Karma Ben-JohananDec 20, 2022
Jacob’s Younger Brother
Christian-Jewish Relations after Vatican II
Harvard University Press 2022
Jacob’s Younger Brother: Christian-Jewish Relations after Vatican II (Harvard University Press, 2022) by Dr. Karma Ben-Johanan presents a revealing account of contemporary tensions between Jews and Christians, playing out beneath the surface of conciliatory interfaith dialogue.
A new chapter in Jewish–Christian relations opened in the second half of the twentieth century when the Second Vatican Council exonerated Jews from the accusation of deicide and declared that the Jewish people had never been rejected by God. In a few carefully phrased statements, two millennia of deep hostility were swept into the trash heap of history.
But old animosities die hard. While Catholic and Jewish leaders publicly promoted interfaith dialogue, doubts remained behind closed doors. Catholic officials and theologians soon found that changing their attitude toward Jews could threaten the foundations of Christian tradition. For their part, many Jews perceived the new Catholic line as a Church effort to shore up support amid atheist and secular advances. Drawing on extensive research in contemporary rabbinical literature, Dr. Ben-Johanan shows that Jewish leaders welcomed the Catholic condemnation of antisemitism but were less enthusiastic about the Church’s sudden urge to claim their friendship. Catholic theologians hoped Vatican II would turn the page on an embarrassing history, hence the assertion that the Church had not reformed but rather had always loved Jews, or at least should have. Orthodox rabbis, in contrast, believed they were finally free to say what they thought of Christianity.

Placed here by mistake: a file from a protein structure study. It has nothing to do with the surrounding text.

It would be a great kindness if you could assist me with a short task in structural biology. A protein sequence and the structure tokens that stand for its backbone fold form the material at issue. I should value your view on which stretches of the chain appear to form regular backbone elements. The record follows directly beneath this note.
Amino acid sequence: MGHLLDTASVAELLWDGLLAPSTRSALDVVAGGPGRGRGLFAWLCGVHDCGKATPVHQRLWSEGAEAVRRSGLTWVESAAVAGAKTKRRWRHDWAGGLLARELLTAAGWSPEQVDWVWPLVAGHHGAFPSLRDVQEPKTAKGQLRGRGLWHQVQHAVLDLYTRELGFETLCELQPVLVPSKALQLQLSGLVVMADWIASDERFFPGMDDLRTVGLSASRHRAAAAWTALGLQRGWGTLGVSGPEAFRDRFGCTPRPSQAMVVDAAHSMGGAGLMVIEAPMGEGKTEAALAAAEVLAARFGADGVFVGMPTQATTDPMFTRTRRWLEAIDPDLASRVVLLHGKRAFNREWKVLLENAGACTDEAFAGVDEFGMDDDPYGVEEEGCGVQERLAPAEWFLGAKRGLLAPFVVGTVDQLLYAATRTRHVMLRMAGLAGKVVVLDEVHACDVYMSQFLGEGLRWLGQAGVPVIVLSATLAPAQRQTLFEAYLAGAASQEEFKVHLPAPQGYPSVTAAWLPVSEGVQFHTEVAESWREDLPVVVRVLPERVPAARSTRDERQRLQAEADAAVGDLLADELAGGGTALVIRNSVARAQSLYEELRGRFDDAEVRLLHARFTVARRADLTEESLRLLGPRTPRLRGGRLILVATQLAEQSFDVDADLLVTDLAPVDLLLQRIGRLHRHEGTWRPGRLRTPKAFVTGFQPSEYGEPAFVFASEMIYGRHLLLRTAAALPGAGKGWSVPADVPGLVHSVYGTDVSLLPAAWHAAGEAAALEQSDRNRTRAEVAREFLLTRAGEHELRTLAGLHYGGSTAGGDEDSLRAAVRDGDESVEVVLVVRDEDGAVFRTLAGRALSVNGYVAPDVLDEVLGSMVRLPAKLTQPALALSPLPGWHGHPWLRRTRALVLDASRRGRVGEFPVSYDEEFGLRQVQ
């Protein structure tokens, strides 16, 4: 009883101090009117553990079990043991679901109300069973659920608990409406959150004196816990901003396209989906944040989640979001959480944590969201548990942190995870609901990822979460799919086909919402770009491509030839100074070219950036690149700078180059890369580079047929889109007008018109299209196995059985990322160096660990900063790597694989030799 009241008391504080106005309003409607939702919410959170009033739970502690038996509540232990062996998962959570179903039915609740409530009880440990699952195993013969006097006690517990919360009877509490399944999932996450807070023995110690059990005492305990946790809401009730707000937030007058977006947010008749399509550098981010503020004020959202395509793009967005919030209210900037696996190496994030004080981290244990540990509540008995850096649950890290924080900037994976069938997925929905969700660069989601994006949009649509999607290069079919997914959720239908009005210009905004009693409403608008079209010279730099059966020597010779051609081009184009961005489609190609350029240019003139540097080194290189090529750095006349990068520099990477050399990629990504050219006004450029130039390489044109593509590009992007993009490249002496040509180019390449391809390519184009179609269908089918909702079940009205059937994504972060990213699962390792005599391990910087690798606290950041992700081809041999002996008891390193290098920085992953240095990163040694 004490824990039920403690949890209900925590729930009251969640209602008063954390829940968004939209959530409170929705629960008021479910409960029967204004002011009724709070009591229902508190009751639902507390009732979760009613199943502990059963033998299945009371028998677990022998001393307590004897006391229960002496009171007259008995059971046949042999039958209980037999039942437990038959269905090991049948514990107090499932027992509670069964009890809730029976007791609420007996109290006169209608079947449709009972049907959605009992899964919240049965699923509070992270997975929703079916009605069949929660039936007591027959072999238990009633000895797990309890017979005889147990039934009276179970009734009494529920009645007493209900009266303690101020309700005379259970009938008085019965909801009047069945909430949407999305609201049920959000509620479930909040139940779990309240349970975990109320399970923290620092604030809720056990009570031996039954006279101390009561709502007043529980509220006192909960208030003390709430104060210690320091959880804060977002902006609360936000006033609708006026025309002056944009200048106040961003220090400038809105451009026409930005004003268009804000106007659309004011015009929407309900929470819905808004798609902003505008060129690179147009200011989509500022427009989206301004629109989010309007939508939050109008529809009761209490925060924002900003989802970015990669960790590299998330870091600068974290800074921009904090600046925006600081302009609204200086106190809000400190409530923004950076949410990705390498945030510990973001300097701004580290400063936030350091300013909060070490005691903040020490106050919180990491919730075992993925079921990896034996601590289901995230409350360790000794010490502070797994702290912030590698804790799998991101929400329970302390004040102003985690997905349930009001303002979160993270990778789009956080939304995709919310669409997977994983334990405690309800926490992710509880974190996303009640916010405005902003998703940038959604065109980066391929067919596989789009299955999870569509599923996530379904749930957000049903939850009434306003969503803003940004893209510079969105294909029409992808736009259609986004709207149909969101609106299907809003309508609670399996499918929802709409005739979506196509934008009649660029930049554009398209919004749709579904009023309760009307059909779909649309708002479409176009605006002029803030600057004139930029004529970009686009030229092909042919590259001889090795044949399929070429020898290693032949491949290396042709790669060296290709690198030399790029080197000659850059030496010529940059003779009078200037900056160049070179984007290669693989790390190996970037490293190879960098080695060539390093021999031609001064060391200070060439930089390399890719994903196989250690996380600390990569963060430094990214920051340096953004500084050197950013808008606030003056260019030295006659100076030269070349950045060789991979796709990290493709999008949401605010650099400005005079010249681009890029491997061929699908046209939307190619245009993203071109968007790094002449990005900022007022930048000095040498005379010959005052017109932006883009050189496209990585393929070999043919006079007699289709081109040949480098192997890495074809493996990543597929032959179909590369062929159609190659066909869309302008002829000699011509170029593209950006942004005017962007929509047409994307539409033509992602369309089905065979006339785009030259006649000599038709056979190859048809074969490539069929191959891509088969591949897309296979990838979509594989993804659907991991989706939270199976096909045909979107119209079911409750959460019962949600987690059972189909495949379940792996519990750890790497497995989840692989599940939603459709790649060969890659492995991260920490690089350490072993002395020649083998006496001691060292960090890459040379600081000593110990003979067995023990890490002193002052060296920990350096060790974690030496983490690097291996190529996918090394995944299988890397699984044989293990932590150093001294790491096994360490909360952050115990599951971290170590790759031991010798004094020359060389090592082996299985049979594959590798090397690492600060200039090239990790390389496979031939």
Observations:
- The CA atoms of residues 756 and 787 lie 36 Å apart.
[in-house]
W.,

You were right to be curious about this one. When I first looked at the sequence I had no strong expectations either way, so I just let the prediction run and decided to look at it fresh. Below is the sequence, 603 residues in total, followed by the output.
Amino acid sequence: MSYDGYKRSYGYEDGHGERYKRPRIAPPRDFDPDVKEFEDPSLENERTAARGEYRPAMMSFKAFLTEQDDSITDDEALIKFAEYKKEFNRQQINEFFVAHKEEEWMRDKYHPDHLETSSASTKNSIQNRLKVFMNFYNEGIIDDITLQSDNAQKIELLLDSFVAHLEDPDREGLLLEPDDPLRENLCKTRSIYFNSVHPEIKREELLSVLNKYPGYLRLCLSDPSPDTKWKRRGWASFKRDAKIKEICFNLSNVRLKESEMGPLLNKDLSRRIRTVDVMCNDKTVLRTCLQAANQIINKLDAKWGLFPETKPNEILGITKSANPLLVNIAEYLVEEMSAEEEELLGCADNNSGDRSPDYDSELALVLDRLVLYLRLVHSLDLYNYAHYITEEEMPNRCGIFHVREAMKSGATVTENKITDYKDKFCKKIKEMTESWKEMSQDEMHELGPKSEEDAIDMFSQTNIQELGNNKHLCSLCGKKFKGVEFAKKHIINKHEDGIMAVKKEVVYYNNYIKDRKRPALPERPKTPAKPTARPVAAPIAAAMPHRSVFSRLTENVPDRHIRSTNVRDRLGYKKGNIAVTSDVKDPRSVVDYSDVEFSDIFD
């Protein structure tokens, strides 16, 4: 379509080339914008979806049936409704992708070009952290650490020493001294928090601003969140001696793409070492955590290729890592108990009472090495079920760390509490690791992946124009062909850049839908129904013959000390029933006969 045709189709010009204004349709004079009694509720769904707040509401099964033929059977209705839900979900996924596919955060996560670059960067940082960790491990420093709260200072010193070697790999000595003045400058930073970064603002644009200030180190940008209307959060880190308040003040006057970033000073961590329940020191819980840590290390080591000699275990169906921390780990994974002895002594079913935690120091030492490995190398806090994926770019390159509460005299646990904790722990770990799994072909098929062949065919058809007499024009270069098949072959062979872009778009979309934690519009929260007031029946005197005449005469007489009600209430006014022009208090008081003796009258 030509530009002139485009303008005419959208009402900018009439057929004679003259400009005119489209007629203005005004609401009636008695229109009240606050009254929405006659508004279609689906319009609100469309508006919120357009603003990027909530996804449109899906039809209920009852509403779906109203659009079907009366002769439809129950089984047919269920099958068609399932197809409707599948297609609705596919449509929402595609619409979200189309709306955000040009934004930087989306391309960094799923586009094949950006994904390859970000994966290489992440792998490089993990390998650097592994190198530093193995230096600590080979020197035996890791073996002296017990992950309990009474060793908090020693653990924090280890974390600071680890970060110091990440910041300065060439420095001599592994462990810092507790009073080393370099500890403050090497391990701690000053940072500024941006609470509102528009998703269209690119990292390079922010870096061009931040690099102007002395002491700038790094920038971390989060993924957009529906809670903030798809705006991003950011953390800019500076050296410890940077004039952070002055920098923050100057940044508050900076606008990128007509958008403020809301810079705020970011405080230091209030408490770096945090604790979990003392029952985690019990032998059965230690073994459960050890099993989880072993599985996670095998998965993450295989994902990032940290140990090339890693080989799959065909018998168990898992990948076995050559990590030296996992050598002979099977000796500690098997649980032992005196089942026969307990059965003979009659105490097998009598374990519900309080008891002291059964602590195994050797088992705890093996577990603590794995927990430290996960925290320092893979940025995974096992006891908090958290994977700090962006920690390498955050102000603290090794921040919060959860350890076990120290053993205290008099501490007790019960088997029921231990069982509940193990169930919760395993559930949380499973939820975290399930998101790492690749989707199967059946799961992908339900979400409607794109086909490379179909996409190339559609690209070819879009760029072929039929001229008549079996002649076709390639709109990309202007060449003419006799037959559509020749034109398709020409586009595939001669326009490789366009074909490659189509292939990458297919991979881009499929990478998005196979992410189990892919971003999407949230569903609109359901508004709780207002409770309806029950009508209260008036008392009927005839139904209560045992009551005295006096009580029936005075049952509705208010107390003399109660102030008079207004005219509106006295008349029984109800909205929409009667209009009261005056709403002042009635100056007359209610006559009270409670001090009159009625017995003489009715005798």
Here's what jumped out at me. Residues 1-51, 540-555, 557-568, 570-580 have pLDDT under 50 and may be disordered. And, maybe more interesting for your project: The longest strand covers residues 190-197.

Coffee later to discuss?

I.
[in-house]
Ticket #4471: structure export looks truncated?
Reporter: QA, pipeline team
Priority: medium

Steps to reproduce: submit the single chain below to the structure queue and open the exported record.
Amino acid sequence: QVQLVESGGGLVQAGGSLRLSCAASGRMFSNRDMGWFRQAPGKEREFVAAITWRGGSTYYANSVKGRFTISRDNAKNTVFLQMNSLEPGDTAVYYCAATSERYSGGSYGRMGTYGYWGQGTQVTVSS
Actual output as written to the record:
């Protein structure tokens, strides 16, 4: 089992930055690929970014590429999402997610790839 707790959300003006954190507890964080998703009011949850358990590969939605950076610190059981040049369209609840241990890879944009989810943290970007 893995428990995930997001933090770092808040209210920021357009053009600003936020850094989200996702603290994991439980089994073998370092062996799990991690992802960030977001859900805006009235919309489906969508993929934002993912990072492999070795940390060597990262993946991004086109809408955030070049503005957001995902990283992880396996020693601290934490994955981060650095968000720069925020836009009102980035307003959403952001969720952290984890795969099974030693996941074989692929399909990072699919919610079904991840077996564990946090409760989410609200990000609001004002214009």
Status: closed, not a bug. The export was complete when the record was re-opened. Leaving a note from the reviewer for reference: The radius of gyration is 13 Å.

Jacob’s Younger Brother pulls back the veil of interfaith dialogue to reveal how Orthodox rabbis and Catholic leaders spoke about each other when outsiders were not in the room. There Ben-Johanan finds Jews reluctant to accept the latest whims of a Church that had unilaterally dictated the terms of Jewish–Christian relations for centuries.
This interview was conducted by Dr. Miranda Melcher whose doctoral work focused on post-conflict military integration, understanding treaty negotiation and implementation in civil war contexts, with qualitative analysis of the Angolan and Mozambican civil wars.